Louisville Metro Police Orders Nearly 1,000 Body Cameras
Louisville Metro Police earlier this week ordered 988 body cameras from the law enforcement equipment company TASER, according to a news release from the company.
LMPD has been considering placing body cameras on officers since sometime in 2012, police officials told WFPL in earlier interviews.
Department officials declined to provide any statements regarding the purchase order.
The Axon-Flex cameras allow officers to mount them on their body or on their thead, according to the TASER website. The cameras also have a "30-second buffer," which allows footage to be captured before the device is turned on by the officer.
The cameras are advertised on the TASER website as costing $599.
The total cost of the endeavor is expected to be about $2.4 million, according to a spokesman for Louisville Mayor Greg Fischer.
The police department also put an order in for a cloud-based video management and storage system, which is also operated by TASER, according to a press release from TASER.
Added personnel costs are also expected. The department may add as many as four civilian positions to oversee the data that will come from the cameras, Sgt. Major Robert Schroeder, commander of the Louisville Metro Police administrative services division, which oversees work such as recordkeeping and technology, said in March.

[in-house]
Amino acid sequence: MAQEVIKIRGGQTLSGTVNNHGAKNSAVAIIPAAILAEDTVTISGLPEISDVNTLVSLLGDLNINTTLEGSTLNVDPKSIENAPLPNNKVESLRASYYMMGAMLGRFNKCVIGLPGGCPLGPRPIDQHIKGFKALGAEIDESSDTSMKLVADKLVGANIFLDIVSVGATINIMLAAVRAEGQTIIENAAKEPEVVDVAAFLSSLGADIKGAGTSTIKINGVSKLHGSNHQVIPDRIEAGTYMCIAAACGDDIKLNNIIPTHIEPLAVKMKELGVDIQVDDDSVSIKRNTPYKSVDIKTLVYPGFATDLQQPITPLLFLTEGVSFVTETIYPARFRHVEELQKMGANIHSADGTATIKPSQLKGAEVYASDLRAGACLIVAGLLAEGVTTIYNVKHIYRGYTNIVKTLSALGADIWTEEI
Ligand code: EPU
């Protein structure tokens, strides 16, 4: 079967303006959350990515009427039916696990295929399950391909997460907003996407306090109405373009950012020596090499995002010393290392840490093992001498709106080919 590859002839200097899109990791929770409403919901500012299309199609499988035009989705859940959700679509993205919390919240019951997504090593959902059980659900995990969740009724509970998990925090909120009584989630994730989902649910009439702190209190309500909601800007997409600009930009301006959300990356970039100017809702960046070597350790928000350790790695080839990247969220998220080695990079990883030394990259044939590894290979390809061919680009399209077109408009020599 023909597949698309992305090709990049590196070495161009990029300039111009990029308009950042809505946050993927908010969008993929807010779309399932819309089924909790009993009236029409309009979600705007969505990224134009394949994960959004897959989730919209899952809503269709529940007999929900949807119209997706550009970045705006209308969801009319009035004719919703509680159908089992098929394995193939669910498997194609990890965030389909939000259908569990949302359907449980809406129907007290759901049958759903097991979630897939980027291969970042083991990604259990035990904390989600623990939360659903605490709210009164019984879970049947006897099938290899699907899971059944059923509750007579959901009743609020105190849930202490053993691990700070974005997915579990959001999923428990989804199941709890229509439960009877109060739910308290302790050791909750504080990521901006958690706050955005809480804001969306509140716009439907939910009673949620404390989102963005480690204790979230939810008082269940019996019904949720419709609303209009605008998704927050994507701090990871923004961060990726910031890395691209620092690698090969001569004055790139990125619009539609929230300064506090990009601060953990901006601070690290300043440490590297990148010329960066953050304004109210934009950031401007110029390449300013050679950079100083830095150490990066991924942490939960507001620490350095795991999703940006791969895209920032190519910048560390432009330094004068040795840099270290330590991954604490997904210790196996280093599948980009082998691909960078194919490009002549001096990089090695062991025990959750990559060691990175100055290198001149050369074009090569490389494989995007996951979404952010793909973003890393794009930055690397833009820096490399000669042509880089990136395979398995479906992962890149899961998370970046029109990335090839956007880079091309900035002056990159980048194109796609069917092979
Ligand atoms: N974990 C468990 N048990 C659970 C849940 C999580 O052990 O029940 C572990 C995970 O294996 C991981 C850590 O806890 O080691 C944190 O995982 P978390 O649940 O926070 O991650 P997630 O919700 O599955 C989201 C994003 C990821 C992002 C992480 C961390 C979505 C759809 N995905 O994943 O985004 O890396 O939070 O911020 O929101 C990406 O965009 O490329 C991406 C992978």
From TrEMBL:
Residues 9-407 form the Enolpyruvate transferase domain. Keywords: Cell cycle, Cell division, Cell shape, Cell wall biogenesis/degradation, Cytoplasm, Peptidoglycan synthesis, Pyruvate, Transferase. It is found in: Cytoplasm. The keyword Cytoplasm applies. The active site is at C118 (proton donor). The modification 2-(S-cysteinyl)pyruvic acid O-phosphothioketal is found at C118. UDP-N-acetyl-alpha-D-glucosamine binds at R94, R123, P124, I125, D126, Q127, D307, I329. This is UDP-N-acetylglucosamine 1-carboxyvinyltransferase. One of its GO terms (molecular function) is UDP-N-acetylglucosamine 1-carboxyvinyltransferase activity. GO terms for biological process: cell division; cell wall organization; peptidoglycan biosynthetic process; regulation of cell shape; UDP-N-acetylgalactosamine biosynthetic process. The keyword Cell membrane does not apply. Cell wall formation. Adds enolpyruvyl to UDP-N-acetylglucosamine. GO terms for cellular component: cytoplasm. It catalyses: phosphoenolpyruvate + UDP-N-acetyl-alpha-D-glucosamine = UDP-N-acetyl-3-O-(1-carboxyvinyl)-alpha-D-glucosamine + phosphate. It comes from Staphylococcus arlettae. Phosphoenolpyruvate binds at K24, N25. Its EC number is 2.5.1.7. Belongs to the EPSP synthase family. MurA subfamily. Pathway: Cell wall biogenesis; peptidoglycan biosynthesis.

A pilot program is expected to launch this summer with about 100 officers in Division 5, said Sgt. Phil Russell, a police spokesman, in December. Division 5 includes the Highlands and Clifton neighborhoods.
A full roll out to the department’s nearly 1,200 sworn officers is expected to follow by 2016, Russell said.
A online petition that began circulating earlier this year encouraging LMPD to equip officers with body cameras gained more than 2,700 supporters.
Schroeder said department officials conducted “physical tests of the cameras” before any purchase recommendations were made.
"LMPD is excited to move forward with this camera project," Schroeder stated in the TASER press release.
No details have been publicly released on training or new policies for the body cameras. Earlier this month, police officials said "due to proprietary concerns involving the vendor" all training efforts will not be made public.
In March, Schroeder said the then current draft policy will require officers to turn the cameras on during “anything you would consider a law enforcement action,” such as traffic stops, pedestrian stops or domestic violence responses.
More than 20 other cities also use Axon branded body cameras.